____B. Install storm doors and windows
____C. Insulate
____D. Caulk the windows and the doors
8. In 1976, United States energy consumption
____A. Went down nearly 5%
____B. Went down nearly 2%
____C. Stayed the same
____D. Went up nearly 5%
9. Most homes are heated by:
____A. Coal
____B. Electricity
____C. Oil
____D. Natural gas
10. What energy provides the largest amount of fuel for America’s transportation system?
____A. Natural gas
____B. Coal
____C. Electricity
____D. None of the above

PART II Briefly answer the question

11. What is the energy crisis?
12. What is a fossil fuel?
13. What is OPEC?
14. What is nuclear energy, and why do they have demonstrations against nuclear power?
15. How can we solve the energy crisis?


This activity will demonstrate to the student how we are totally dependent on energy. Our way of living is completely connected to energy consumption.


Each student when he leaves class should make a list of everything he does for the rest of the day and tomorrow. He should put four headings for each activity. For example:

Activity Machine Type of Energy Source
1. Going home Bus Gasoline Oil









The students should have a working knowledge of the following words and terms used in this unit. Since no textbook will be used, an introductory lesson is necessary to give the students notes and explain the vocabulary. The vocabulary list will expand as the section is taught, but this is a good starting point. It will probably take two days.

1. crisis

2. energy

3. environment

4. fossil fuels

5. non-renewable

6. consumption

7. abundant

8. natural resource

9. pollution

10. finite

11. nuclear energy

12. import

13. export

14. conservation

15. supply and demand

16. efficiency

17. alternative energy sources

18. solar energy

19. self-sufficient

20. dependent

The teacher should research the topic from the mentioned sources and have a set of notes on the vocabulary.


After we have discussed the world energy situation, including OPEC and the strategic importance of energy supplies, this is a concluding lesson on the various countries frequently mentioned in the news. Although this strays from the strict science discipline it is a good example of science and political science undeniably interwoven. As a related topic, there could be a class discussion of the IrAnian hostages’ and what part oil played in the whole scenario.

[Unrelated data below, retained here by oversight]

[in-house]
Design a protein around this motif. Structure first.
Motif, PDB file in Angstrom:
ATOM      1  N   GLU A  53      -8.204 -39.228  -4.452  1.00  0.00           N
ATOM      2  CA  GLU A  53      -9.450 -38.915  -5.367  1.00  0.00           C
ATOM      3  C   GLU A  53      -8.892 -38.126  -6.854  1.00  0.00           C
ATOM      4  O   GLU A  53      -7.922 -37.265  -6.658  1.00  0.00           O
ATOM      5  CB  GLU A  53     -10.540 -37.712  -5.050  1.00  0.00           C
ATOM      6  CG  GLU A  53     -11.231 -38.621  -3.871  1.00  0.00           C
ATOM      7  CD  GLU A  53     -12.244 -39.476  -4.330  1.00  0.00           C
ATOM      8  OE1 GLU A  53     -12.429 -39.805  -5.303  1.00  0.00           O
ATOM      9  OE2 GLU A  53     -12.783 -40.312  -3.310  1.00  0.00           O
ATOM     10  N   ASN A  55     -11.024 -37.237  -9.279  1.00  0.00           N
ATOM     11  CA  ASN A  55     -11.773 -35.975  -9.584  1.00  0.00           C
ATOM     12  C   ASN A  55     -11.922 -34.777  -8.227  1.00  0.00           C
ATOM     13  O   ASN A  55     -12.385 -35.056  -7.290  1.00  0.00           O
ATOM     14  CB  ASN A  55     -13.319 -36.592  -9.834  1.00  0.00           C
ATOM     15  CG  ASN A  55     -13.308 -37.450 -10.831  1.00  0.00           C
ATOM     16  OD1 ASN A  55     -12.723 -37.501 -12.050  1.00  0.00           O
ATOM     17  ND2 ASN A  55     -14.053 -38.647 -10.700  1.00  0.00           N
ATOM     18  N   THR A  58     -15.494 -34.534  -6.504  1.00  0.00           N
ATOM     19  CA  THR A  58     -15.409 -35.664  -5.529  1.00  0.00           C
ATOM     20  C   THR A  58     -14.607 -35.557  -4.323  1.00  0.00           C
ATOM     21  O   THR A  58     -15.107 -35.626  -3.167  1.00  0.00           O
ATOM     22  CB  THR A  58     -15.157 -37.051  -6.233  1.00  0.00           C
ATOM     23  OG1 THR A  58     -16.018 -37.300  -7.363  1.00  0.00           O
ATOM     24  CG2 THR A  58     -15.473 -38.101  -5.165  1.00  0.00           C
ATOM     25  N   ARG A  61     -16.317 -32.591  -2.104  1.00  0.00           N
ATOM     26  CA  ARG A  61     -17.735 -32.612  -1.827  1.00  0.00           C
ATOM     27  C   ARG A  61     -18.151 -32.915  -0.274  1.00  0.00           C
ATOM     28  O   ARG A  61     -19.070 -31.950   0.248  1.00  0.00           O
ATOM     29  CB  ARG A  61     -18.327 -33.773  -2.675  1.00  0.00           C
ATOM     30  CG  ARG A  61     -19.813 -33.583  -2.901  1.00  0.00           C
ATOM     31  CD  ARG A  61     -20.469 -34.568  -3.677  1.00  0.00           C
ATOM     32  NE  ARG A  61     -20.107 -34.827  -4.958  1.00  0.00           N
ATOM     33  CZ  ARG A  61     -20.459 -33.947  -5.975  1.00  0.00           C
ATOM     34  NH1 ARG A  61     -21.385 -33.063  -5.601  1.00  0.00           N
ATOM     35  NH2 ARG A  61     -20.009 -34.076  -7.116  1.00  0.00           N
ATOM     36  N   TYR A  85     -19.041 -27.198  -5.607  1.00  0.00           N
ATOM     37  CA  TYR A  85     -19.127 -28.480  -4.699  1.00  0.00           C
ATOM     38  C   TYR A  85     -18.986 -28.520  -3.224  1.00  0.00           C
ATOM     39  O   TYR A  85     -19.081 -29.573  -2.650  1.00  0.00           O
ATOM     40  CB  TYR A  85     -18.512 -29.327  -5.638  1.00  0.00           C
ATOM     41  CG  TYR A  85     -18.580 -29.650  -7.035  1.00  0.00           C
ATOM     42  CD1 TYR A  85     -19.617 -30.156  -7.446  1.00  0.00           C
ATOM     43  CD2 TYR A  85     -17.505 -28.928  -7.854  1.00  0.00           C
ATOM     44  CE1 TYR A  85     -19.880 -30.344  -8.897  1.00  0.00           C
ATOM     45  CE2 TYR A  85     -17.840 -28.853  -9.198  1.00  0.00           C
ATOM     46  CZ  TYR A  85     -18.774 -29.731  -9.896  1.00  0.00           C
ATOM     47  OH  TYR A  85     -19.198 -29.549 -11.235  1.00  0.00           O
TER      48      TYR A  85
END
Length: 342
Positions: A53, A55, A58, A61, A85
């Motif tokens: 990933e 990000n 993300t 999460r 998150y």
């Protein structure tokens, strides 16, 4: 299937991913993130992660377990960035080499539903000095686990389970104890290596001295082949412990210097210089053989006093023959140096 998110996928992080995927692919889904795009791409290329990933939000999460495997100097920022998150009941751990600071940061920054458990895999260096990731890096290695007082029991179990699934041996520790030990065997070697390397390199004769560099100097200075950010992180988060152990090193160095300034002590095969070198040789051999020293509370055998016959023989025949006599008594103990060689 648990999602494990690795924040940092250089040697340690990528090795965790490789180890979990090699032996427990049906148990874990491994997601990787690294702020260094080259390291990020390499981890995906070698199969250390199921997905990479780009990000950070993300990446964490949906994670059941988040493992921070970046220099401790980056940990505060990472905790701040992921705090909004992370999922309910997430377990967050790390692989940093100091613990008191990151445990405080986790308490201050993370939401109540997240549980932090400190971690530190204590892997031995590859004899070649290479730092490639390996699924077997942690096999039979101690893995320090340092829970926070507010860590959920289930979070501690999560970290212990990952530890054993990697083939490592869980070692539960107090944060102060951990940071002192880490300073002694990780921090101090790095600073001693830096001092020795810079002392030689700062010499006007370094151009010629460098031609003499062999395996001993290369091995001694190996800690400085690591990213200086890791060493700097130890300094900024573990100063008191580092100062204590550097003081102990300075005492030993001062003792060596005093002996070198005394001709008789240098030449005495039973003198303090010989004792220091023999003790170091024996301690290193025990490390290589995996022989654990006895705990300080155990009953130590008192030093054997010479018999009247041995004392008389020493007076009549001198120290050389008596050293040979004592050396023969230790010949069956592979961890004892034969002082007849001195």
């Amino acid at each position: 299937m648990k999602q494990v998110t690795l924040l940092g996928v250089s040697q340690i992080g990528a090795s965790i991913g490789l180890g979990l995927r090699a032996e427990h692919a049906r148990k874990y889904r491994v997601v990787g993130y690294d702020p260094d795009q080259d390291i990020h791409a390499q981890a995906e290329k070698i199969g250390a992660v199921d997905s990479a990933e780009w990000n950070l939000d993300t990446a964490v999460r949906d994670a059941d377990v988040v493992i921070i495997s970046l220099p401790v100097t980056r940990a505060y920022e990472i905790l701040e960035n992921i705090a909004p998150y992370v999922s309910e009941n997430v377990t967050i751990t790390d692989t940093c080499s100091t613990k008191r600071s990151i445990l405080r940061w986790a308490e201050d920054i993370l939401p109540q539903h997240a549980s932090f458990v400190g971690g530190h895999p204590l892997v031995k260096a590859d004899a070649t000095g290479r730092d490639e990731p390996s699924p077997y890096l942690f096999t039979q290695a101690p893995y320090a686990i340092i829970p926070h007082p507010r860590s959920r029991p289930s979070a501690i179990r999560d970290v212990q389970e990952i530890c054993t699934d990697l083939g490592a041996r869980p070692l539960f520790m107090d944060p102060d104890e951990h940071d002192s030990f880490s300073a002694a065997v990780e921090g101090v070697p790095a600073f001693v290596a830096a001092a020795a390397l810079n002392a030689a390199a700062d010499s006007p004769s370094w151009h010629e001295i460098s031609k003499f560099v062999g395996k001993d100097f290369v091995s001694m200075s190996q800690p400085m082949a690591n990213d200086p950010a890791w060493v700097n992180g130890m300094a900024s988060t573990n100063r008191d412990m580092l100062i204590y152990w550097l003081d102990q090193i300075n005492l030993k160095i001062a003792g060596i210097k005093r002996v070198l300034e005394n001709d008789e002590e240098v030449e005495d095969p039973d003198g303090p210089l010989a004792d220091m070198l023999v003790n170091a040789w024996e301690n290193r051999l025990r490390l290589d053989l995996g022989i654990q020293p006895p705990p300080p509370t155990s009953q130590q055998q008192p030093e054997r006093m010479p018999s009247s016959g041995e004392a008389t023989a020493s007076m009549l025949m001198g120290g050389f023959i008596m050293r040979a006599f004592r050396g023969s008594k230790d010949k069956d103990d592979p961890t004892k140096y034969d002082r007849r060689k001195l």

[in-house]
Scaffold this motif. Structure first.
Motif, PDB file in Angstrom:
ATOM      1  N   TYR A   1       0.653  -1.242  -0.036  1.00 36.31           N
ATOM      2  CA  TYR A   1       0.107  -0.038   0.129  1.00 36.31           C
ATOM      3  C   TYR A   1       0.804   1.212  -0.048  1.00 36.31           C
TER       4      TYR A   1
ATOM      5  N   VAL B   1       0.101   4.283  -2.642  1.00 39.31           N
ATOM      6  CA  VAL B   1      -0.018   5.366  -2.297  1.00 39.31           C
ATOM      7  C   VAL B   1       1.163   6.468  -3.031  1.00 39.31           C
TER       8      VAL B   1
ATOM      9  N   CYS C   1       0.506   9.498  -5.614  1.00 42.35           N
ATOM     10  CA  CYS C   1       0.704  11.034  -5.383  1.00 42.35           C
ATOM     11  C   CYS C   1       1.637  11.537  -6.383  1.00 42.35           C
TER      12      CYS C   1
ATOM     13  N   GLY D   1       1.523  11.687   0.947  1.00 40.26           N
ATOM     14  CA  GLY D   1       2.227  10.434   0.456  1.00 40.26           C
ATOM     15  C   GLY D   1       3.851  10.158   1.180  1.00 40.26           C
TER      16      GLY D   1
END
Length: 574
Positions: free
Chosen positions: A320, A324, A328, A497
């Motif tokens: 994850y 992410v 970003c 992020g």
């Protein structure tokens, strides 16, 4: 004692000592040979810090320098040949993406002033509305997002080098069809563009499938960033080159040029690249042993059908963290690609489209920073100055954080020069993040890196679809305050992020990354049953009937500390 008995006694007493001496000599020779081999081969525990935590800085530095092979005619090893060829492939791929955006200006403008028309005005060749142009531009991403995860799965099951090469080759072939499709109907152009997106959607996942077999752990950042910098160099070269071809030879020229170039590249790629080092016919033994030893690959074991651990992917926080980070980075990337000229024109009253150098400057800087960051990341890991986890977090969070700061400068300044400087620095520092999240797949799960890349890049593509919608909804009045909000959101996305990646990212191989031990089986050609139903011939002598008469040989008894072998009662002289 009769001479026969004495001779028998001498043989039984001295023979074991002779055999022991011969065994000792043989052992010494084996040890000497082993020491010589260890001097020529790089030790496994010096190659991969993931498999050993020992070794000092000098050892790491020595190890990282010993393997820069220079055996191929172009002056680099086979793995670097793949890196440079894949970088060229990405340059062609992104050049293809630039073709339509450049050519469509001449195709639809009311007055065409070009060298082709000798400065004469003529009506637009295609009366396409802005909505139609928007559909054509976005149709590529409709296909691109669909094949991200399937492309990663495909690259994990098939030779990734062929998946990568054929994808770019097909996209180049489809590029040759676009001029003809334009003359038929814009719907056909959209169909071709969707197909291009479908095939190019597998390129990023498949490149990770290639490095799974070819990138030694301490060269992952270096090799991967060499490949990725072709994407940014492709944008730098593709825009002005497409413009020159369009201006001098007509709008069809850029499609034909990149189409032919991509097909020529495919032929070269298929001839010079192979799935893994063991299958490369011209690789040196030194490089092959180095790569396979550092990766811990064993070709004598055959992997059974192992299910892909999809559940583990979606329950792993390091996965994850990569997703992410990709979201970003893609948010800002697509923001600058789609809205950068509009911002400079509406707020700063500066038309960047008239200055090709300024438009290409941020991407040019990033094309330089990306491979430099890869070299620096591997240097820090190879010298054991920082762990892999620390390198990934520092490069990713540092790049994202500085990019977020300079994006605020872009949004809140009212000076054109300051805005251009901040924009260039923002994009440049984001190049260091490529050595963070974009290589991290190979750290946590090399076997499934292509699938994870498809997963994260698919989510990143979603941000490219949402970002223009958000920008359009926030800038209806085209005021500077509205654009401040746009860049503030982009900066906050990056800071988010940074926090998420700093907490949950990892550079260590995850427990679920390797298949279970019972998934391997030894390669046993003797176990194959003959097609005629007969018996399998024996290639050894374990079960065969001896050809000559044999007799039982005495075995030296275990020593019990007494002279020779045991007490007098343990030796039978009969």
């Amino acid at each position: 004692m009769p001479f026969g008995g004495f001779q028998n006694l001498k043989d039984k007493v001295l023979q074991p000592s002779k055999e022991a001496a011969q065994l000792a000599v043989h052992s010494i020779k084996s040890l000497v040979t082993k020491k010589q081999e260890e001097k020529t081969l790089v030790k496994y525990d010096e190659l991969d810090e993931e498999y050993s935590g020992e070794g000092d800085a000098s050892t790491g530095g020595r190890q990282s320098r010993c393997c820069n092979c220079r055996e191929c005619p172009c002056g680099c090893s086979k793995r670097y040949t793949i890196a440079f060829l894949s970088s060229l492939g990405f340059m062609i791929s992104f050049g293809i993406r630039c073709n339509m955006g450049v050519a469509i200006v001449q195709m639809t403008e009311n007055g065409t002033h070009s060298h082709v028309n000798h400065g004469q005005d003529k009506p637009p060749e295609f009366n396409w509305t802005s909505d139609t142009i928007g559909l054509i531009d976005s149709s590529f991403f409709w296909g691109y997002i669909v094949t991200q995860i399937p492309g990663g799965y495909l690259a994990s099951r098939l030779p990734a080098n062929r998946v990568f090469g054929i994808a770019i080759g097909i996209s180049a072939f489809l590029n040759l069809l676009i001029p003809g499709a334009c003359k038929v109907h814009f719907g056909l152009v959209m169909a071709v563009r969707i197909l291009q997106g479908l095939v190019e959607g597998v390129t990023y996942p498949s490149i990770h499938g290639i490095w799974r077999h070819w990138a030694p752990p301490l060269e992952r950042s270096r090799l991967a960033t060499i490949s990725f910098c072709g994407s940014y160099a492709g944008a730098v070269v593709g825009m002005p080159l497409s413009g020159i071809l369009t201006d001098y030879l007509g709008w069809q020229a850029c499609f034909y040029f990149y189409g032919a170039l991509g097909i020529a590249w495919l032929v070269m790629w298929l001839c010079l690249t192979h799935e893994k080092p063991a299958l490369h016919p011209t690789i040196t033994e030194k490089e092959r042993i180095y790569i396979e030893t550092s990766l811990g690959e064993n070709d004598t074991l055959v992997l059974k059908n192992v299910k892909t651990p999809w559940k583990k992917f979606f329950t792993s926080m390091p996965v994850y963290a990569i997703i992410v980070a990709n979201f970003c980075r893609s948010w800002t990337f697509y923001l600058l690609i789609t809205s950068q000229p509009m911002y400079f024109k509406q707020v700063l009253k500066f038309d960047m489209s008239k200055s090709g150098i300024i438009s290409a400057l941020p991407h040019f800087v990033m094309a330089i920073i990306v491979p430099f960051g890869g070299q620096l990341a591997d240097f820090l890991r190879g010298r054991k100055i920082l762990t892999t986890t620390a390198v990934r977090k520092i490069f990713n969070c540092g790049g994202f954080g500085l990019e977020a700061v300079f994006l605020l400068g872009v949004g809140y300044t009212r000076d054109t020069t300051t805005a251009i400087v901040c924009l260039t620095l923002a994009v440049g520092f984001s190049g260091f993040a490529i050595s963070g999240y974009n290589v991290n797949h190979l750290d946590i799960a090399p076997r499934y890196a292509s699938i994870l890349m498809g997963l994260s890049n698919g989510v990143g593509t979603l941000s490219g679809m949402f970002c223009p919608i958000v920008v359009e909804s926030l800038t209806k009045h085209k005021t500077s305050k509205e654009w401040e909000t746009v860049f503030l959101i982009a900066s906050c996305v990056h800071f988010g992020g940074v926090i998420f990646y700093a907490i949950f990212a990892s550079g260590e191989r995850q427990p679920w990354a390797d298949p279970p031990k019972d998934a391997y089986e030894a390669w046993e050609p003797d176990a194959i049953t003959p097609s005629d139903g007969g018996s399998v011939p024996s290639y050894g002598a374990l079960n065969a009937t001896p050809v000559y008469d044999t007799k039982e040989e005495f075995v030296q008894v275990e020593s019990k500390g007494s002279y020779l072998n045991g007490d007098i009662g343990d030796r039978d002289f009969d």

For each country listed describe their energy resources with one of the following words or phrases; dependent, self-sufficient, member of OPEC

Soviet Union


Great Britain



United States



Saudi Arabia





West Germany

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Bromley, D. Allan, Energies of the Future. This well-done pamphlet is based on talks delivered to a number of industrial groups in Southern Connecticut during the spring of 1979. Copies can be obtained from the United Illuminating Company in New Haven.

Cohen, Bernard L., Nuclear Science and Society, Anchor Books. This is a general review of nuclear energy, and I recommend it.

Energy Sources, The Promises and Problems. (Center for Industrial and Institutional Development, University of New Hampshire, Durham, New Hampshire 03842). This is a group of ten reports by experts in the field on different energy sources. The full version and the students can use the summAries.

Miller, Janes Nathan, “The Energy Crisis” There Is an Easy Answer.” (The Reader’s Digest, Pleasantville, New York 10570). An interesting solution is proposed by the author, however, it seems a bit simplistic.

Stobaugh, Roger and Yergin, Daniel, Energy Future, Report of the Energy Project at Harvard Business School (Random House, New York). This is an expert analysis of the problem and other possibilities.

Also, there are numerous other newspaper and magazine articles which constantly appear daily. The best suggestion is to keep your eyes open and a scissors handy. Furthermore, there are often TV specials which are usually well-done.

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Branley, Franklin M., Energy for the 21st Century, New York: Thomas Y. Crowell Company, 1975. Illustrated by Henry Roth. An optimistic energy forecast for the future is included with the problems and cogent illustrations.

Energy Sources, the Promises and Problems, (Center for Industrial and Institutional Development, University of New Hampshire, Durham, New Hampshire 03842). This pamphlet summarizes ten reports by experts in the field on different energy sources and does an excellent job. Copies can be obtained by writing to the address above and will only cost the printing and postage.

Newsweek, “The Energy Crisis” pp. 19-33, 16 July 1979. A good discussion of the possible solutions with pertinent diagrams.

Szulc, Tad, The Energy Crisis 2nd Ed., New York: Franklin Watts Company, 1978. A clear analysis of the crisis is combined with a thorough explanation of the political and economic realities.

Write or call the following places for resources available:

American Gas Association

Dept. 1114-4 N.W.

1515 Wilson Boulevard

Arlington, Virginia 22209

Energy and Education

c/o Mary McQuire

National Science Teachers Association

1742 Connecticut Avenue, N.W.

Washington, D.C. 20009

New Haven Register

Jackson Publishing Company

ask for: A Special Register Report

“Energy: Which Way Are We Heading?”

Sunday, April 20, 1980

United Illuminating Company

William S. Murphy

Educational Services Administrator

80 Temple Street

New Haven, Connecticut 06506

Telephone Number 787-7240

Free Films:
U.S. Atomic Energy Commission Division of Technical Information Washington, D.C. 20545 or

U.S. Department of Energy Technical Information Post Office Box 62

Oak Ridge, Tennessee 37831